New gadget for measuring white balance


The Spydercube, announced on March 2, sounds like a really useful device for food photographers – especially those often working in daylight or on location as I do. It’s  used to set white balance and for measuring the density of highlights and shadows in a scene.

From their site:

This is not just another gray card! Create your own custom white balance, obtain spectral neutrality data from multiple lightsources, and correct highlight and shadow details with SpyderCube. Establishing an accurate custom white balance ensures an accurate image from the start of each new photo session. Photographers can capture accurate color without a lot of after-the-fact manipulation. SpyderCube is the RAW calibration tool that belongs in every photographer’s bag!

The SpyderCube makes your camera more intelligent! It captures in a single shot a wide range of color and exposure data. You simply use the cube in one of a series of images, adjust accordingly, save as a preset, and apply to an entire series of imag
es to color correct in seconds.”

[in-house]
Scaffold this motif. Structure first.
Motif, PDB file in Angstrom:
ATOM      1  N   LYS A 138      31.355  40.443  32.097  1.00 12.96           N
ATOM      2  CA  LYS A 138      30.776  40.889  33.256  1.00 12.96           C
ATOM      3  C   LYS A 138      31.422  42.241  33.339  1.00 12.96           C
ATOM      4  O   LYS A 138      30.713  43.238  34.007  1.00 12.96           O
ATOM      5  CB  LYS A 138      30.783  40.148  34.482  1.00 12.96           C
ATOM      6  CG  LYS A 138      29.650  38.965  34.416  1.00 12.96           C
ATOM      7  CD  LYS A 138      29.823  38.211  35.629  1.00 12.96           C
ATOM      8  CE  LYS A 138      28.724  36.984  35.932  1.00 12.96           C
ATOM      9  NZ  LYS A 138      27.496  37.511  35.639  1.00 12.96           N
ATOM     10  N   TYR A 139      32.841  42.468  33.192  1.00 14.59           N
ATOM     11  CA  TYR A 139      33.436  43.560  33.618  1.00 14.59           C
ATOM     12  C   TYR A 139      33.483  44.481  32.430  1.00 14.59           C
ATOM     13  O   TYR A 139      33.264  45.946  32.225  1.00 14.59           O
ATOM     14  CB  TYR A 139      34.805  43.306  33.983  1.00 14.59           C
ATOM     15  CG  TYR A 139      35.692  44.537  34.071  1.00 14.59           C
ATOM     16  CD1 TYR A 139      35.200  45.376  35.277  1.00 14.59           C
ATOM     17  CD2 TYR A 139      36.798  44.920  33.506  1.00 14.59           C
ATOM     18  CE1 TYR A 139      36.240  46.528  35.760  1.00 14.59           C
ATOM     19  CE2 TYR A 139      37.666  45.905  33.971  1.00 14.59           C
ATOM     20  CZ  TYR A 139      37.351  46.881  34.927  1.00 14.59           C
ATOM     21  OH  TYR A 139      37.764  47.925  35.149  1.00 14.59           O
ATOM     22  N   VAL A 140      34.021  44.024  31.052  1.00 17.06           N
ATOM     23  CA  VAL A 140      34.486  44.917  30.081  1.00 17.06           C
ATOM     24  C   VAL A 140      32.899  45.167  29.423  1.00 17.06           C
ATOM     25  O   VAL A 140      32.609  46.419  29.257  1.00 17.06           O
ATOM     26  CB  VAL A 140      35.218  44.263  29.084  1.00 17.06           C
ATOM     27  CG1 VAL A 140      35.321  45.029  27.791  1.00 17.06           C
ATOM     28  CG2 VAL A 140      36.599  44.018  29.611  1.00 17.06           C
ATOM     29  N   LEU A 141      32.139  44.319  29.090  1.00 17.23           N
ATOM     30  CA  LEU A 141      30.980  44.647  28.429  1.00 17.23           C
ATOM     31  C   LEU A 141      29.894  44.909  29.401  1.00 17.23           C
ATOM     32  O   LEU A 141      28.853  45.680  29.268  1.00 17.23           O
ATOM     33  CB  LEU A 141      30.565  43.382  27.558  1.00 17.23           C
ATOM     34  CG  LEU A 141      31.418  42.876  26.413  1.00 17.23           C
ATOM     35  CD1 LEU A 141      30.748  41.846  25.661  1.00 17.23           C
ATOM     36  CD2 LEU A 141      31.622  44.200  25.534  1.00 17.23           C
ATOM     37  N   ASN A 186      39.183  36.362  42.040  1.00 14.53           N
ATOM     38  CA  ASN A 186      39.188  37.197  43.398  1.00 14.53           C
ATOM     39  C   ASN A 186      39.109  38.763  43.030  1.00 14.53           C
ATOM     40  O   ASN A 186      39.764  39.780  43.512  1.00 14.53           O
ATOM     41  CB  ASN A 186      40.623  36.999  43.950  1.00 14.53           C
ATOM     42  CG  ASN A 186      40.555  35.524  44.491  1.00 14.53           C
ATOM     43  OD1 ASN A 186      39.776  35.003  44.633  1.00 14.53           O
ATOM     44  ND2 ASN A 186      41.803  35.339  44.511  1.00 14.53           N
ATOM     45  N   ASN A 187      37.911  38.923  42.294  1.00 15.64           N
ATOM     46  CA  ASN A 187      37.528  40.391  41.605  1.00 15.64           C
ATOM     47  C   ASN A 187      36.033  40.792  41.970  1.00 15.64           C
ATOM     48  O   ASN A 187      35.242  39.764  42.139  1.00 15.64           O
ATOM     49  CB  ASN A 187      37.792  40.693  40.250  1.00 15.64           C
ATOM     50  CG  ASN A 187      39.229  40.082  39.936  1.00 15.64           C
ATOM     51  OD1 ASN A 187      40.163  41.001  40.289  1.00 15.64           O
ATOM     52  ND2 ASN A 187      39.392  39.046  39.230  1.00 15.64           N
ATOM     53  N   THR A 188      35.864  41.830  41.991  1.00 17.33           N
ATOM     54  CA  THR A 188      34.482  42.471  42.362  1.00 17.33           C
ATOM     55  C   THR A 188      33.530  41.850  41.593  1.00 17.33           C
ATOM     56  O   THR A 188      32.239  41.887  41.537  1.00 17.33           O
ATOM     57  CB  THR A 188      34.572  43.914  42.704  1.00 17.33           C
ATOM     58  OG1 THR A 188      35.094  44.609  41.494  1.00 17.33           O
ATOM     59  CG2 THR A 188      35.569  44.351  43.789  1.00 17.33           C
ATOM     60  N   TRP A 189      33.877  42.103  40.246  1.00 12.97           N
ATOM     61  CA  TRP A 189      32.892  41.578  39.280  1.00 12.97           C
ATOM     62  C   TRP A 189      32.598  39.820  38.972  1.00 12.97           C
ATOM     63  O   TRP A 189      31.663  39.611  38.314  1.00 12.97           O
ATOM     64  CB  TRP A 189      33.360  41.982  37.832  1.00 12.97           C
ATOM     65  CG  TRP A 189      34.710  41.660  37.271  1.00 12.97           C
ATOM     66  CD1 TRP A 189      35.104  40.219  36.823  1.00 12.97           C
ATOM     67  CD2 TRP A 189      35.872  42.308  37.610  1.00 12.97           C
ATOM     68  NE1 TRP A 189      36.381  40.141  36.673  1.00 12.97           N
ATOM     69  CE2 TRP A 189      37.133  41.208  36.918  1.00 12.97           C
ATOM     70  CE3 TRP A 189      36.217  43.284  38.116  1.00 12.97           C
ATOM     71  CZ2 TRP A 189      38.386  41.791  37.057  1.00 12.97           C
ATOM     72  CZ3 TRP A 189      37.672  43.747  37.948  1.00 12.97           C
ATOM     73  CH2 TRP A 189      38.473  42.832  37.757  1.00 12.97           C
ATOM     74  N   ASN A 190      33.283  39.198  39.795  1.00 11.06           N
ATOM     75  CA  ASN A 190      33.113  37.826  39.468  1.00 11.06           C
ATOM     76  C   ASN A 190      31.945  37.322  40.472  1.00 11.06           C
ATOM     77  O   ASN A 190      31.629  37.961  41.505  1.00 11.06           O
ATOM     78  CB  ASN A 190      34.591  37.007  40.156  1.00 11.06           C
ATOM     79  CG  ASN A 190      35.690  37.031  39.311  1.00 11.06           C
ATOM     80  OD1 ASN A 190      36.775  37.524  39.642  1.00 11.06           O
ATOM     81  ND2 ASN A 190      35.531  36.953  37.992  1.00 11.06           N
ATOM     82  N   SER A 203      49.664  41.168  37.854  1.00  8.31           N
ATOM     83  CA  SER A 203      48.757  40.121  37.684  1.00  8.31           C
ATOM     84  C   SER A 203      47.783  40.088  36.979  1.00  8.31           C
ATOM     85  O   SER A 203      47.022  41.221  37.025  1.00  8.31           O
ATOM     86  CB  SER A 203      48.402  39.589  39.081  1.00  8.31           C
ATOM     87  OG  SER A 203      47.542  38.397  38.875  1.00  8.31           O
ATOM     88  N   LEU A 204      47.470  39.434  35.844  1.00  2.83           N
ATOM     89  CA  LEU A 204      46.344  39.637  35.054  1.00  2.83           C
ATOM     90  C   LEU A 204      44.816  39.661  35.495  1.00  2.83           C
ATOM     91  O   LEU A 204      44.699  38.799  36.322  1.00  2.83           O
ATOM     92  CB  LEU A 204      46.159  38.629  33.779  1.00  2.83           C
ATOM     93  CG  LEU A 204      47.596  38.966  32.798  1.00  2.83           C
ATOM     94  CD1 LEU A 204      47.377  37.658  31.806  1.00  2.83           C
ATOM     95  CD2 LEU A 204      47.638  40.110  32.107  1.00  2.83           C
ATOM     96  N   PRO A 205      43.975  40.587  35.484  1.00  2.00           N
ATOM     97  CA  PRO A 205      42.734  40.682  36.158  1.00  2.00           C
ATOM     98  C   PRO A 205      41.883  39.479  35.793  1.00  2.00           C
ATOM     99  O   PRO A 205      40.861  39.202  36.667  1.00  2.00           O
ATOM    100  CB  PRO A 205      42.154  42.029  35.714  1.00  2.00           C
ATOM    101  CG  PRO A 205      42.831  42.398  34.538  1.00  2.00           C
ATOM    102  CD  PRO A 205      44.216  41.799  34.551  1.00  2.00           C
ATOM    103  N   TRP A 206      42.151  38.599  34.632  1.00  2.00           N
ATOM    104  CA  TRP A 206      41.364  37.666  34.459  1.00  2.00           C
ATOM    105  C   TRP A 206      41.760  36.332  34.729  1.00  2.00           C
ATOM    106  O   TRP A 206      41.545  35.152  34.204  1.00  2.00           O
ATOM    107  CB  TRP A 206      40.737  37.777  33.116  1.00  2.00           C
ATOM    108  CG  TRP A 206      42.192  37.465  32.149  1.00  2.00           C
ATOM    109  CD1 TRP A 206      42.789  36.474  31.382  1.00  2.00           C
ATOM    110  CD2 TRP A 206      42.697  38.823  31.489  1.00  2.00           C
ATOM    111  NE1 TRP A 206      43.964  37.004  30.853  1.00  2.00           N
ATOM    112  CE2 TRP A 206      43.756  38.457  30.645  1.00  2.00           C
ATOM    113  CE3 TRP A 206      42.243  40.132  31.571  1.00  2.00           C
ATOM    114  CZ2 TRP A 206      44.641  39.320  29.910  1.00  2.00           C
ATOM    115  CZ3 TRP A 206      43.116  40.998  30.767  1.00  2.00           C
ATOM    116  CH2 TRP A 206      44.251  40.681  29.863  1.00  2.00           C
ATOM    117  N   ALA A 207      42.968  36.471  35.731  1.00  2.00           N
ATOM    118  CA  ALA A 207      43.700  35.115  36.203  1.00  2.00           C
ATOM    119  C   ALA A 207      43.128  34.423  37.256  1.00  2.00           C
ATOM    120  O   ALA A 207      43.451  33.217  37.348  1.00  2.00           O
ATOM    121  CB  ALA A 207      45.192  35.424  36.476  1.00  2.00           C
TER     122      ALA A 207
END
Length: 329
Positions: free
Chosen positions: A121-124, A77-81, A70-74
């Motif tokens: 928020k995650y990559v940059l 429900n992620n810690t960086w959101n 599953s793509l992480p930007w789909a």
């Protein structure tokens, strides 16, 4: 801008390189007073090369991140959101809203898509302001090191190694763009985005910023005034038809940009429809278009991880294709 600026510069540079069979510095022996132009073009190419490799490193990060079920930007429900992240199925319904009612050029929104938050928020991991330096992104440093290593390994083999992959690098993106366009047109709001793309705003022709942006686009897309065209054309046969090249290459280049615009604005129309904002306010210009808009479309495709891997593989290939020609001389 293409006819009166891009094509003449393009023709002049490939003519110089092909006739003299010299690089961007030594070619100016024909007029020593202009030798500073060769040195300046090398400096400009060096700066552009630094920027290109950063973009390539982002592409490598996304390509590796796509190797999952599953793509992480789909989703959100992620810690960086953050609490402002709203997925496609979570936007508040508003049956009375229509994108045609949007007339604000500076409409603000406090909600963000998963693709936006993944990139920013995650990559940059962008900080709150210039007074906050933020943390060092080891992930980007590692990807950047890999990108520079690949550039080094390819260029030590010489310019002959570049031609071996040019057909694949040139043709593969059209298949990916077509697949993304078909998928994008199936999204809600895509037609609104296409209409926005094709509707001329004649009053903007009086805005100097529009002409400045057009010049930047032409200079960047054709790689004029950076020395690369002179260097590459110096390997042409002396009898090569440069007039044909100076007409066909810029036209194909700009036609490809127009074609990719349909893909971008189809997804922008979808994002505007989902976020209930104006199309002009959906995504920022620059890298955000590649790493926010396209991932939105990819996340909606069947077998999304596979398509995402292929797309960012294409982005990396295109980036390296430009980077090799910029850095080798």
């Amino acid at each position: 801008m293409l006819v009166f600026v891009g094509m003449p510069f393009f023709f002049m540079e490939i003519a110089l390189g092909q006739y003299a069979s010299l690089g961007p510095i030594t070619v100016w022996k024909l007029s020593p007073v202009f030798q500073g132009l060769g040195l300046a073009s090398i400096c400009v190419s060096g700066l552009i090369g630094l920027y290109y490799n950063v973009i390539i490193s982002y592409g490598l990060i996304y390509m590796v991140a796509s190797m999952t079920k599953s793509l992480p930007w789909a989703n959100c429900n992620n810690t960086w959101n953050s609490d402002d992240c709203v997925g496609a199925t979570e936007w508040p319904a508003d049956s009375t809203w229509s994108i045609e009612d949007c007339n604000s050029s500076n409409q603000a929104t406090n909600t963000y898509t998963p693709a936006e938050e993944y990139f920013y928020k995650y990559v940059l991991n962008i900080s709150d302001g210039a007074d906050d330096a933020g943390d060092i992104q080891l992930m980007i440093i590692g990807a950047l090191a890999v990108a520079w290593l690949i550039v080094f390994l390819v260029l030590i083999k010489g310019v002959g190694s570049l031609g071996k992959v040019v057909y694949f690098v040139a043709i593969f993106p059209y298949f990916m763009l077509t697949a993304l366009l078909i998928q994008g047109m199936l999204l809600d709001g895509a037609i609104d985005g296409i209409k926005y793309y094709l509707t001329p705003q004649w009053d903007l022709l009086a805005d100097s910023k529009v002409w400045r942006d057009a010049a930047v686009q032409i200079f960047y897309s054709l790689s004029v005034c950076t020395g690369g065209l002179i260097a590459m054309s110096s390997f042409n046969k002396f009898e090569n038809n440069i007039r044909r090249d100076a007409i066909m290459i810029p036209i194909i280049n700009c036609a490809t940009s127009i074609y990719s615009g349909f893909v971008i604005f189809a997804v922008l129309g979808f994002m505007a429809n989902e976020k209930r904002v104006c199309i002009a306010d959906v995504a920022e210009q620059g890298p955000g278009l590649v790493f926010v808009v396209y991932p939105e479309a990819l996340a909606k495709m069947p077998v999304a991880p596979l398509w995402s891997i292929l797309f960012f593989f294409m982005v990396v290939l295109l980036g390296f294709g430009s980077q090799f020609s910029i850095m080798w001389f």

Sounds very useful and not too expensive at $59.00


3 Comments Add yours

  1. myphotoscout says:

    Sounds intriguing. I have always considered WB as a creative tool, even if my results weren’t 100% neutral.


  2. ilvaberetta says:

    I am looking for a good monitor colour calibrator, do you know about any good and easy ones? And then I have another question: it seems to me that the coloours I work with and see in my photos Lightroom is more vivid than those I have exported and uploaded elsewhere. Is there a way to calibrate that too?


  3. I have a Gretag Macbeth EyeOne which was reckoned to be the best available when I bought it a couple of years ago, but was not terribly happy with the results. When I was in the AppleStore recently I was recommended the Huey Pro and I like it very much. It’s simple, quick, portable and most importantly I think the results are really good. I feel much more confident about the colour I deliver now. Also I like the way it adjusts for the current room light – particularly useful when you carry your laptop about the house as I do when I’m at home. Or as now when I am sitting by the fire in a dimly lit room.
    Once you have calibrated your screen it will apply to Lightroom too and your exports will be much more accurate.


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